Tag Archives | WTF

The $2 Evilstick

evilstick

The horrifying Evilstick.

Have you heard of the “Evilstick” yet? If not, let me give you a quick recap (or you can just watch the videos below). A mom in Dayton, OH bought her child an “Evilstick” (yes, that is what this toy is called) from the local dollar store. To the mom’s horror, behind the foil covering, there was a photoshopped picture of a girl cutting herself. Well, as all weird stories do, this one took off in the social media world. I’m a little late on reporting about it, but on the plus side, I have more sources to work with.

Here’s the initial video:

One lovely chap from Ohio went to the dollar store and found that most of the Evilsticks did not include the famed wristcutting photo. Instead many of them had “crappy Resident Evil concept art,” “weird Zombie monsters,” or Anime characters.

The Evilstick is made in China.… Read the rest

Continue Reading

A Virus That Makes You Stupid

Major Redneck (CC BY-SA 2.0)

Major Redneck (CC BY-SA 2.0)

via CNet:

Do you have days when you just can’t get anything right?

Are there times when you stare at yourself in the mirror somewhere around midnight and say: “Why the hell did I do that?”

I’d like to offer you hope. It may be that you’re not innately stupid, silly, dumb, brain-dead or even gormless. Indeed, it may well be that you’ve got an algae virus that’s messing with your cognitive systems.

My own brain was moved, you see, by the Independent which muttered that scientists had discovered a virus that “makes you stupid.”

I immediately inserted medical instruments inside my cranium — without anesthetic — to see if I could find this virus, which might be my excuse for a thousand silly actions.

Well, I wanted to.

Instead, I went to look at the study, published by the National Academy of Sciences of the United States of America.

Read the rest
Continue Reading

Cops Arrest 90-Year-Old Advocate and Clergy For Scary Crime of Feeding the Hungry

Abby Zimet writes at Common Dreams:

Bound by faith and virtue to resist newly passed “homeless hate laws” in Fort Lauderdale, a 90-year-old homeless advocate and two ministers were arrested by a phalanx of burly cops for resolutely continuing to share food with homeless people in public, part of a “week of resistance” to a growing body of laws there and in at least 20 other cities that criminalize poor people by restricting their panhandling, camping, storing belongings, going to the bathroom and other activities deemed  “life sustaining” to the homeless – that is, essentially, for existing. The ordinance against food-sharing, which went into effect Friday, sparked a call for a week-long series of actions and protests by churches and advocacy groups; among them, Food Not Bombs vowed to mark the law’s passage on its first day, Halloween, by holding their usual weekly food share and greeting the city “with our middle fingers fully extended.”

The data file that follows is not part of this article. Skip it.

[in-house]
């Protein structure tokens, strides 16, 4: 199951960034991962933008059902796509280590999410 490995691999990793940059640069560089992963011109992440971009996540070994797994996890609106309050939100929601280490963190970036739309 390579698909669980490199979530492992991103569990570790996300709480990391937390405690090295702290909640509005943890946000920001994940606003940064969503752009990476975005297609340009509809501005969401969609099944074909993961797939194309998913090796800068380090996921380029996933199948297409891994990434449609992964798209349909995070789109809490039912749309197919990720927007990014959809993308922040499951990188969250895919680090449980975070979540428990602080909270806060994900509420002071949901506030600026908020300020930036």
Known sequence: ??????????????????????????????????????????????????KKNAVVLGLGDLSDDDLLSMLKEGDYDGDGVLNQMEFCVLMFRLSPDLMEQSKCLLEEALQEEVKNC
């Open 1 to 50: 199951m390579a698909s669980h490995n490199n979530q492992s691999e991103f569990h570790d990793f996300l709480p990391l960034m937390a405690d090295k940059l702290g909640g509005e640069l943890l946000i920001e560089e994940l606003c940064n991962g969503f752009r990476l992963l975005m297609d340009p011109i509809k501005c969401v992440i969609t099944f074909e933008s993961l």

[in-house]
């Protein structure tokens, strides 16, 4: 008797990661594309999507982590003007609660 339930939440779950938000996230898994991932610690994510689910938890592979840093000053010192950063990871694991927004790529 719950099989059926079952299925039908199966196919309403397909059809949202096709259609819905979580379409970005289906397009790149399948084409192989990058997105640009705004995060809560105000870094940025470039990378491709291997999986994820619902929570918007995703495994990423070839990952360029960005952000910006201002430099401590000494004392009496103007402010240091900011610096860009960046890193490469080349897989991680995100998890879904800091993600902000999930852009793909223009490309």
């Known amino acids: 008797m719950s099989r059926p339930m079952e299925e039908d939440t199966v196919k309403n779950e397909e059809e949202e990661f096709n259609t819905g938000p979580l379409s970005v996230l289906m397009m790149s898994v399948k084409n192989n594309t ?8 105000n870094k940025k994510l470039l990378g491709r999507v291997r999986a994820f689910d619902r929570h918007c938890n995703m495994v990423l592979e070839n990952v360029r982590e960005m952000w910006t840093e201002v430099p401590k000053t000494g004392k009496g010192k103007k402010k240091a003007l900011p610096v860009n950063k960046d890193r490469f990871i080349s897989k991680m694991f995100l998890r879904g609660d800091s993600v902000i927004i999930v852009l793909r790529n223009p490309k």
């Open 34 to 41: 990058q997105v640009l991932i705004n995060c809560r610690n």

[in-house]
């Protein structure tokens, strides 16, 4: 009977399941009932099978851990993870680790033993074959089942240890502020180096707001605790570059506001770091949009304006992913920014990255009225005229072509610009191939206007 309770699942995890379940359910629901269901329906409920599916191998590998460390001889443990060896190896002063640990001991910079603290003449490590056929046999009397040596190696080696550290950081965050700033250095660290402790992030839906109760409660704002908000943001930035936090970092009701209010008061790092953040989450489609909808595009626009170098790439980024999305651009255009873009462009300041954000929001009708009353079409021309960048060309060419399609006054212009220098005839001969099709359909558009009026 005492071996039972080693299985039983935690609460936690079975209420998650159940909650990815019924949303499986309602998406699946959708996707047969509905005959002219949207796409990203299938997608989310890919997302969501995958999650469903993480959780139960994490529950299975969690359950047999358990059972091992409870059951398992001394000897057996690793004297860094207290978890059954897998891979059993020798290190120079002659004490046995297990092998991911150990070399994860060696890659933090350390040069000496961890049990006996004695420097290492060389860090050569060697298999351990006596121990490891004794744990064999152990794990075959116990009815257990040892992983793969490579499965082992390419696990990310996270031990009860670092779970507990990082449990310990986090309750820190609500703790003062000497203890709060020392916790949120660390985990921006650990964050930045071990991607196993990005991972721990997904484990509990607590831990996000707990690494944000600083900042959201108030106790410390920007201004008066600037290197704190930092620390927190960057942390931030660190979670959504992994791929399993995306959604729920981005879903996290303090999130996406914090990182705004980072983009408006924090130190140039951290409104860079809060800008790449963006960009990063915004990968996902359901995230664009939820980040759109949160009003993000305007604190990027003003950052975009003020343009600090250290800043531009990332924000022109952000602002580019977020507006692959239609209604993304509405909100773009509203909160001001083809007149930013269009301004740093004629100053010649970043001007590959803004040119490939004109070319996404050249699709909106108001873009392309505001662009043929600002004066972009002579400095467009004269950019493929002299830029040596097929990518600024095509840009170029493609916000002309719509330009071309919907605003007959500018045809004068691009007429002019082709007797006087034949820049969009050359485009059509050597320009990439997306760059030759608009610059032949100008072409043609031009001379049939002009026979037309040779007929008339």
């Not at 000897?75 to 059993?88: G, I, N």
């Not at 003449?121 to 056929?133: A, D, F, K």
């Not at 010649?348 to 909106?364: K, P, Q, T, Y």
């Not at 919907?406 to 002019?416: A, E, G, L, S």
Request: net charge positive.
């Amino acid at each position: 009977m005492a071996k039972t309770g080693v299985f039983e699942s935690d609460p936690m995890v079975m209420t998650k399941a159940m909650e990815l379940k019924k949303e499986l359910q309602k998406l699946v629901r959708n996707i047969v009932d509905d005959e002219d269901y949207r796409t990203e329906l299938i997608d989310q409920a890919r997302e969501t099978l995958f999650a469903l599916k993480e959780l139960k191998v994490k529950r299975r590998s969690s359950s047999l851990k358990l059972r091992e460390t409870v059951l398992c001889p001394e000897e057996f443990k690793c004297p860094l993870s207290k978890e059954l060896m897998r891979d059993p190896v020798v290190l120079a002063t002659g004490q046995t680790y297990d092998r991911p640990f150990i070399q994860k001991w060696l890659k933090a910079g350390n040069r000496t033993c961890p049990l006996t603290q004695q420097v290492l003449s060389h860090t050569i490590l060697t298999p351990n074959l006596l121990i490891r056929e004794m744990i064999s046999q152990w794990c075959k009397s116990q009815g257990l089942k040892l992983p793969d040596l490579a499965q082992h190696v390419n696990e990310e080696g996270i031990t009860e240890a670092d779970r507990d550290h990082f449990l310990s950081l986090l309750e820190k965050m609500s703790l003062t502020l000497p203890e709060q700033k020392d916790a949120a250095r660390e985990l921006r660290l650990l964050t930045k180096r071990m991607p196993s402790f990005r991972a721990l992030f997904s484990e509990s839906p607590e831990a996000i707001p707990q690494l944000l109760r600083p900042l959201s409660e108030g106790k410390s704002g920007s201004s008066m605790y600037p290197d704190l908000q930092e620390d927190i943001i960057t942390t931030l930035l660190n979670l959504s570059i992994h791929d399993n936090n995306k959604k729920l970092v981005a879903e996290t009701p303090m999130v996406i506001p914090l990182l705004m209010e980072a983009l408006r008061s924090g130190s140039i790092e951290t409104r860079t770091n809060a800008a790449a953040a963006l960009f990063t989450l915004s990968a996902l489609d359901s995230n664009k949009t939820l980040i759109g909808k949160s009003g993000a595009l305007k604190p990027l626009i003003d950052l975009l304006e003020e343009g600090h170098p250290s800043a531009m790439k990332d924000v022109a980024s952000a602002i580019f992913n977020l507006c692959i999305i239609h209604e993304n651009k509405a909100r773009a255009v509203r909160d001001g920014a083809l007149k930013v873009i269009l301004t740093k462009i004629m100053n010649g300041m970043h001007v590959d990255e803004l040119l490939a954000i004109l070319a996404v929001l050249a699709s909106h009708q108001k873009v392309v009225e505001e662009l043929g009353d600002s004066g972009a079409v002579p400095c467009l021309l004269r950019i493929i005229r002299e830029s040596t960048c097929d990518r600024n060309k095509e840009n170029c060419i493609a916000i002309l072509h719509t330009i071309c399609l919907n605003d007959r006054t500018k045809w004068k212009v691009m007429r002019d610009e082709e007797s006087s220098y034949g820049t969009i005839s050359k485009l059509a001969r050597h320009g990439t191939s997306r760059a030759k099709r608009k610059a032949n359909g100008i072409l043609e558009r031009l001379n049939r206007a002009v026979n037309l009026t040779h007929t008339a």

Read more.… Read the rest

Continue Reading

Global Epidemic: Every 5 Minutes a Child is Killed by Violence

The UNICEF report reveals that the vast majority of children are killed outside warzones and that physical, sexual and emotional abuse is widespread with millions of children unsafe in their homes, schools and communities.  (Image: UNICEF UK)

The UNICEF report reveals that the vast majority of children are killed outside warzones and that physical, sexual and emotional abuse is widespread with millions of children unsafe in their homes, schools and communities. (Image: UNICEF UK)

Jon Queally writes at Common Dreams:

Violence against children is a global epidemic in which a young person is killed by violent conflict every five minutes, according to a new study released Tuesday by U.K. branch of UNICEF.

The global assessment—titled “Children in Danger: Act to End Violence Against Children”—reveals that an estimated 345 children under the age of twenty-years-old die nearly every day across the world. According to the report, the vast majority of these young victims are killed outside war zones, indicating that physical, sexual and emotional abuse is widespread with millions of children unsafe in their homes, schools and communities.

“We live in a world where some children are too scared to walk out of their own front doors or play on their streets,” said David Bull, executive director of UNICEF UK.

Read the rest
Continue Reading

FBI director to citizens: Let us spy on you